Consumer Preference Among Fluid Milks: Low-Fat vs. High-Fat Milk Consumption in the United States

International Journal of Consumer Studies, Vol. 31, No. 1, pp. 90-94, January 2007

5 Pages Posted: 11 Dec 2007

See all articles by Cliff A. Robb

Cliff A. Robb

University of Alabama

Laura M. Reynolds

affiliation not provided to SSRN

Mohamed Abdel-Ghany

University of Alabama - Department of Consumer Sciences

Abstract

The present study uses data from the Continuing Survey of Food Intakes by Individuals 1994-1996, 1998 in order to analyse milk consumption by type, specifically high-fat milk vs. low-fat milk. Whereas trend analysis displays an overall increase in low-fat milk consumption over the last few decades in the United States, a number of individuals still consume high-fat milk varieties, and overall dietary intakes have yet to achieve recommended levels. In light of recent research regarding fat intakes, it is important to understand what factors might cause consumers to purchase high-fat options given the number of low-fat options available in the market. Through the use of Logistic regression, key socio-economic and demographic variables are analysed in order to determine their impacts on the probability of consuming low-fat milk vs. high-fat milk. The results indicate that a number of factors do influence probability of low-fat milk consumption as compared with high-fat milk consumption. Most notably, probability of low-fat milk consumption appears to be positively related to age, education level, and income level. African Americans and other minorities had a lower probability of consuming low-fat milk when compared with White people in the sample population. Also, those respondents designated as low income or living in the South were less likely to consume low-fat milk.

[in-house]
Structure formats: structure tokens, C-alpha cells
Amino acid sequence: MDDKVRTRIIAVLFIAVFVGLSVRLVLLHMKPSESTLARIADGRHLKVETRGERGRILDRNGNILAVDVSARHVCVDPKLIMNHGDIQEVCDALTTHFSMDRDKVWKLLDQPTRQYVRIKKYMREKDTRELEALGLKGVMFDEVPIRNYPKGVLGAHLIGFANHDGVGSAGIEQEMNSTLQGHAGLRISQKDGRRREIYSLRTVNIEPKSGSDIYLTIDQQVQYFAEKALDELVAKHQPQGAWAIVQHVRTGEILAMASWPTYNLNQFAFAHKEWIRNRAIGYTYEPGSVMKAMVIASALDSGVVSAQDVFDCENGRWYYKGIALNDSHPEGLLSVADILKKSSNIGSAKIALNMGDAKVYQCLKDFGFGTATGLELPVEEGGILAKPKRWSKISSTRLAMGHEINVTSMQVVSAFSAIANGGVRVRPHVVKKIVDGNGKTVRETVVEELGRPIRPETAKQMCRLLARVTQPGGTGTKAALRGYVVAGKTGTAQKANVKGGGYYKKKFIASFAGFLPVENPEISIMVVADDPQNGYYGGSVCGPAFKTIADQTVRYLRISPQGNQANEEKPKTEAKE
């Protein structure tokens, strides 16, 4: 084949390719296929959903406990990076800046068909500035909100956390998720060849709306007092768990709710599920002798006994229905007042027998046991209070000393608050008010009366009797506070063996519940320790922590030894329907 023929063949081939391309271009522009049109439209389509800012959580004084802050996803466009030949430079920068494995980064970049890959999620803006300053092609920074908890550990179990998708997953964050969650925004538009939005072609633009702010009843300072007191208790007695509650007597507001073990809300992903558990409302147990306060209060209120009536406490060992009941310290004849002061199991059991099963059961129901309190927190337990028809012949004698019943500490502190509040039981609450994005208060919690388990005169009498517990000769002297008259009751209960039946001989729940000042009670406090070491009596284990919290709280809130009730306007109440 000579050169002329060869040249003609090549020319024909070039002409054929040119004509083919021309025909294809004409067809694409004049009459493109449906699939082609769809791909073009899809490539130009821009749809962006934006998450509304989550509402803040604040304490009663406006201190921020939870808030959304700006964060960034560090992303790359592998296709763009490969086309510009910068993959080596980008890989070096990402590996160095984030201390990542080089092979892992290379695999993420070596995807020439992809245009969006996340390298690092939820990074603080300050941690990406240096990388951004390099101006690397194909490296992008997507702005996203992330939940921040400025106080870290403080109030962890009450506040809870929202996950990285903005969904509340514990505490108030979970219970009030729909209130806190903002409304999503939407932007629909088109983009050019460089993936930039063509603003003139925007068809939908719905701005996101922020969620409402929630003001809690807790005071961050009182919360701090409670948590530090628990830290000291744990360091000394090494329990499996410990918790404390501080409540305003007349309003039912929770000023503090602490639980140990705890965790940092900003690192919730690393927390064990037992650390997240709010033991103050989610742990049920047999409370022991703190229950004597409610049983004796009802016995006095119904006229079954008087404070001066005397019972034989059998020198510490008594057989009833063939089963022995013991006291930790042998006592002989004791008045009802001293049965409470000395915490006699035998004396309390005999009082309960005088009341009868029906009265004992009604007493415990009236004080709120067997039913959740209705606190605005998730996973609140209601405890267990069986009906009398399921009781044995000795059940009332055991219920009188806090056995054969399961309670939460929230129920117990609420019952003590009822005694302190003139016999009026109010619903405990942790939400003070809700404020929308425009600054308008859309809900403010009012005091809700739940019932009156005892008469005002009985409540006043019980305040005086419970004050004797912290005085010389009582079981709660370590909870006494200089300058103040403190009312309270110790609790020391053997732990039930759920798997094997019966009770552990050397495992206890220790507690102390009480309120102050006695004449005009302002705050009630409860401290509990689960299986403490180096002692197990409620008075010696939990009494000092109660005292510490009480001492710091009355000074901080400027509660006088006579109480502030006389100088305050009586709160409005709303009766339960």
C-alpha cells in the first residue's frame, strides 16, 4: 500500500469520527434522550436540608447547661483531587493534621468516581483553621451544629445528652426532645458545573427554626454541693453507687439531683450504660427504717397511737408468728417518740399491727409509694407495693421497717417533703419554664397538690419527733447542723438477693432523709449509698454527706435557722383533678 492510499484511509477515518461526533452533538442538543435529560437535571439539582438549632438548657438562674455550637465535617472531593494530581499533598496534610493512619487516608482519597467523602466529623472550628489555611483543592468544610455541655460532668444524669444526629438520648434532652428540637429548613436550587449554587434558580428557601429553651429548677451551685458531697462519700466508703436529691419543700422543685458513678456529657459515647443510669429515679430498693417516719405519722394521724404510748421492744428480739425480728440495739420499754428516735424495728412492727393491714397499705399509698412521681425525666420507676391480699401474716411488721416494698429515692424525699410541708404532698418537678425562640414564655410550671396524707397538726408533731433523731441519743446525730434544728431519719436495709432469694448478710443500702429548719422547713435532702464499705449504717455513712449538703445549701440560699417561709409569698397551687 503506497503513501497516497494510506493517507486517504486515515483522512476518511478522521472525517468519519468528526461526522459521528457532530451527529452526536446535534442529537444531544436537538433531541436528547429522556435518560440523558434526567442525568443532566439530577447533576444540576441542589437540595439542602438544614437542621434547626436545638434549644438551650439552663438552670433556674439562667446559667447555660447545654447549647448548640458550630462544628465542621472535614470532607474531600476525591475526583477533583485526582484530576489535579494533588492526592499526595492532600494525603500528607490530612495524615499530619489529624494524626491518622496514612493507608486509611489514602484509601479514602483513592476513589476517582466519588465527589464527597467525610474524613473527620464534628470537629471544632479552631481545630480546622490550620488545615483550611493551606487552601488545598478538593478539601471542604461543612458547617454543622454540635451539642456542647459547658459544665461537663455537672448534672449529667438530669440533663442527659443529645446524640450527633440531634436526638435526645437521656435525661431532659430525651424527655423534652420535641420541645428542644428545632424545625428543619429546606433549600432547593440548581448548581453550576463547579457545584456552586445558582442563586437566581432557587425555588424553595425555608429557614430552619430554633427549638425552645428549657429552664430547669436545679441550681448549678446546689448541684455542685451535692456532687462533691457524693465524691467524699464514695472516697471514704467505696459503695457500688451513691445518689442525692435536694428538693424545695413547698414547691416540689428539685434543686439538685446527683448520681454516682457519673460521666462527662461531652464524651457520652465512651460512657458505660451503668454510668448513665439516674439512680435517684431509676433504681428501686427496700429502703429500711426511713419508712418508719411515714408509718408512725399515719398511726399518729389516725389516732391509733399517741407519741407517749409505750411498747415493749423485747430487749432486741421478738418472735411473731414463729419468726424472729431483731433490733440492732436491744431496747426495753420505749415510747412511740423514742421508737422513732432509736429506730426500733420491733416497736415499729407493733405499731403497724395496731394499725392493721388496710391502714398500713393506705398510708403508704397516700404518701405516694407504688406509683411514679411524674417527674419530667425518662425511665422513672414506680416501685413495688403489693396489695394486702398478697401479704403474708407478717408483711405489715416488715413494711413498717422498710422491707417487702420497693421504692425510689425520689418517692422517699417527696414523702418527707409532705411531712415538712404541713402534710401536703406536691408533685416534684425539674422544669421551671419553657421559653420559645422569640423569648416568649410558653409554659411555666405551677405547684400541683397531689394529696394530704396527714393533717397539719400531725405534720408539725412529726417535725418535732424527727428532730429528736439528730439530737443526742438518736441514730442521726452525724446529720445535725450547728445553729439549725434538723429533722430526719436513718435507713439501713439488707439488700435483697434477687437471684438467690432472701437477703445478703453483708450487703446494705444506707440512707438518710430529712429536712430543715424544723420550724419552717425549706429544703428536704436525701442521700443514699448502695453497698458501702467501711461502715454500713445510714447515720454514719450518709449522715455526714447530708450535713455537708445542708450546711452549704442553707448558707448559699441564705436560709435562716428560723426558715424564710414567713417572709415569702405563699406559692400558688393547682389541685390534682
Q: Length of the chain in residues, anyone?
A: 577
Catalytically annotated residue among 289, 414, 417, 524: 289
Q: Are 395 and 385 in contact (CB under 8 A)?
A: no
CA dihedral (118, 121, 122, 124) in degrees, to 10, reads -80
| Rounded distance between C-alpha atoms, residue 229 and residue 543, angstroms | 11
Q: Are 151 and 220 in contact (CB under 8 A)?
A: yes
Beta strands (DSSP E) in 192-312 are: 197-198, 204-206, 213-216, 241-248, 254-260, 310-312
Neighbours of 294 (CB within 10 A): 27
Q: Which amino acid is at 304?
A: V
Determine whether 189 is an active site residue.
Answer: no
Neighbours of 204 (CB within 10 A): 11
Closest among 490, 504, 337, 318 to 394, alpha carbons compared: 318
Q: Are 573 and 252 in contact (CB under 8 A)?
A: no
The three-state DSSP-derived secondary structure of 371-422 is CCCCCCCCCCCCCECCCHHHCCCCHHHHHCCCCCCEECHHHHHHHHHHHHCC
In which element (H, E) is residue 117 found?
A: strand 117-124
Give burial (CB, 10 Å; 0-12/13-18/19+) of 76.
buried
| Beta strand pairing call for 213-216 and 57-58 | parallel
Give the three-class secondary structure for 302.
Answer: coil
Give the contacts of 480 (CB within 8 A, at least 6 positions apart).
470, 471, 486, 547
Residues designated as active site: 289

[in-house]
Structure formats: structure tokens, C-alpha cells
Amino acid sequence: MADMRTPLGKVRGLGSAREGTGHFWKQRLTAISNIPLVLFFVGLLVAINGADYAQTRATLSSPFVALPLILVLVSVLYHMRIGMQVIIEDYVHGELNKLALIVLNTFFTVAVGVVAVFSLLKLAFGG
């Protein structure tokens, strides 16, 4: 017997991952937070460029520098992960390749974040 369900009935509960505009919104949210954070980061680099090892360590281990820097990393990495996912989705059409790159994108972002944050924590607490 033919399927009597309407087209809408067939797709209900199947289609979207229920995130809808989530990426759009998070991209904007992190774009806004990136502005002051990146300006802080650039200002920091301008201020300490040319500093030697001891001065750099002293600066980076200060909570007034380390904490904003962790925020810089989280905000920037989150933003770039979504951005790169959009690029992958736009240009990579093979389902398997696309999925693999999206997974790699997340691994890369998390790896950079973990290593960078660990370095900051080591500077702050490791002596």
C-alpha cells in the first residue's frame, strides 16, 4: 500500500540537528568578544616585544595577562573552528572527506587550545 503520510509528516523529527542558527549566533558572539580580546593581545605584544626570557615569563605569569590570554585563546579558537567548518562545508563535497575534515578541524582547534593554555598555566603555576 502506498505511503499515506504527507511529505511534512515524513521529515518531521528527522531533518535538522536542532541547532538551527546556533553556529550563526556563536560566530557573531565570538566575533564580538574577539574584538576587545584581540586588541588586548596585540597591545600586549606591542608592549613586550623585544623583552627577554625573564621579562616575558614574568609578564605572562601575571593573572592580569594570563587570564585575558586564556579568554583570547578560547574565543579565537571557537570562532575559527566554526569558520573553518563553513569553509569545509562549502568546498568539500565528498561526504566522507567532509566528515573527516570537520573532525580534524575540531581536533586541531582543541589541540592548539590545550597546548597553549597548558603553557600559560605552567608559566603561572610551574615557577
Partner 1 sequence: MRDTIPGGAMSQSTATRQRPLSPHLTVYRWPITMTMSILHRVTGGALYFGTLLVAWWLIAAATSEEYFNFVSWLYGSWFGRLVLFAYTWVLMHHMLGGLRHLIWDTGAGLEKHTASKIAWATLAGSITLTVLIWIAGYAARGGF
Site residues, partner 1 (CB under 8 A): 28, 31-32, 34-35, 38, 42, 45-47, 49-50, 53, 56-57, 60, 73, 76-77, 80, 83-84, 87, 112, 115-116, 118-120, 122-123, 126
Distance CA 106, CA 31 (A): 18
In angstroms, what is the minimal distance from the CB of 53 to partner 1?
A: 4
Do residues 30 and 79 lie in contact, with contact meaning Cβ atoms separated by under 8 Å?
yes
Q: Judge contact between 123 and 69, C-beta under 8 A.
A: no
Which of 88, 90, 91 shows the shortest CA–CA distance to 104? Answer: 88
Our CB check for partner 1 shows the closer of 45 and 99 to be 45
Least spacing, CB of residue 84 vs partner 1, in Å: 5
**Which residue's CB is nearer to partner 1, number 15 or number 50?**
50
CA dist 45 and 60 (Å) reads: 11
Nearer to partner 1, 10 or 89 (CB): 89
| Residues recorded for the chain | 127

Suggested Citation

Robb, Cliff A. and Reynolds, Laura M. and Abdel-Ghany, Mohamed, Consumer Preference Among Fluid Milks: Low-Fat vs. High-Fat Milk Consumption in the United States. International Journal of Consumer Studies, Vol. 31, No. 1, pp. 90-94, January 2007, Available at SSRN: https://ssrn.com/abstract=1061897 or http://dx.doi.org/10.1111/j.1470-6431.2006.00492.x

Cliff A. Robb (Contact Author)

University of Alabama ( email )

Department of Consumer Economics
2816 Battlement Drive
Tuscaloosa, AL 35487
United States

Laura M. Reynolds

affiliation not provided to SSRN

No Address Available

Mohamed Abdel-Ghany

University of Alabama - Department of Consumer Sciences ( email )

Box 870158
Tuscaloosa, AL 35487-0158
United States
205-348-7954 (Phone)
205-348-3789 (Fax)

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